This article will take a look at BlackRock Multi-Sector Income Trust (NYSE:BIT). BlackRock is a great manager of Closed-End Funds and I have liked several of their funds. So I turned to BIT expecting to like it too. With a yield of just over 8%, it could be a great income vehicle if it can support its distribution. It did okay over the last 12 months, even growing NAV some, but over longer periods it isn't fully covering the distribution. Even more disturbing is that NAV has been on a slow but steady decline over the last 10 years. And while the distribution did see a small bump during the last 10 years, I think it is not entirely safe.
I want to own CEFs that pay me a stable flow of income. I have developed a method of determining whether a specific CEF could provide a reliable stream of income. I developed my method after reading this article. My thinking is that rather than the share price, how the portfolio of the fund behaves and the income it generates is the determining factor in the reliability of the distribution. I look at a specific CEF and apply that method to determine if the fund has been supporting the distribution. Then based on current holdings and past performance, I try to determine whether or not the fund will be able to support the distribution in the future. You can read an explanation of my method and get links to the other articles in the series here.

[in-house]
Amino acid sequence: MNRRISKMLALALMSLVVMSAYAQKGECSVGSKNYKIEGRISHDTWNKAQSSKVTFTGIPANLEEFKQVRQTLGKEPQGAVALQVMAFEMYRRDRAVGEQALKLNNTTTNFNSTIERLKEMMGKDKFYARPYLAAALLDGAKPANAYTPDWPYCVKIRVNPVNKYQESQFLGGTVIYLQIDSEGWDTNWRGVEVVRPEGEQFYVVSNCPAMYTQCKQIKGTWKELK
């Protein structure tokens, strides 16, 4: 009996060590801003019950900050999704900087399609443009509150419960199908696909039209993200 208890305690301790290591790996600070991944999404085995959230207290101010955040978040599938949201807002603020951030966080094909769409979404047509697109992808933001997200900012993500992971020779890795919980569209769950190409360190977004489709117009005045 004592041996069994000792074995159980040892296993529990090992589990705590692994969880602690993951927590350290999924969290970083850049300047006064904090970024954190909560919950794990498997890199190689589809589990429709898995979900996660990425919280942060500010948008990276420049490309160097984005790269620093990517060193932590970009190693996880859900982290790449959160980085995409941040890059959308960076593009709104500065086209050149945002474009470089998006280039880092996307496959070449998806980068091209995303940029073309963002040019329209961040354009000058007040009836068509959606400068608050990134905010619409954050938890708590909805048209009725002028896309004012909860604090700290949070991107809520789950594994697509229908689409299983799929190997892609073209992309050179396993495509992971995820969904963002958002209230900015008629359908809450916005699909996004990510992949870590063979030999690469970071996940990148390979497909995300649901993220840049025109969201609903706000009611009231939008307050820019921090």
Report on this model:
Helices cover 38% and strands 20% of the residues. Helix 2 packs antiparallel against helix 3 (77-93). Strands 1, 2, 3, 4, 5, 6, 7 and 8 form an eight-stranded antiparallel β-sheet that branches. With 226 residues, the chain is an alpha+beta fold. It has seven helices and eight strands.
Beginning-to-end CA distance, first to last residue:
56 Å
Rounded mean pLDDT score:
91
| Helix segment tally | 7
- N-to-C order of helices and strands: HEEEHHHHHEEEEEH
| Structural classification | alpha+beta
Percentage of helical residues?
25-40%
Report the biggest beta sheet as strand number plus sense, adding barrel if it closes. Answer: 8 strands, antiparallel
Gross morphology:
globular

As usual, I will start my analysis of BIT by looking at the returns on its portfolio over the last 12 months. How did BIT do?
Producing returns of just over 11% would be pretty good in a normal year but is a bit low over the last year considering the pace of economic growth. That should be okay provided these returns are enough to cover the distribution. How did NAV due?
NAV grew over the last year. While some may say that 2.67% is a bit modest given the pace of economic growth, I am fine with growth as it points to the distribution being covered. I am somewhat concerned however that since April the NAV seems to be trending downward. What do the distributions look like?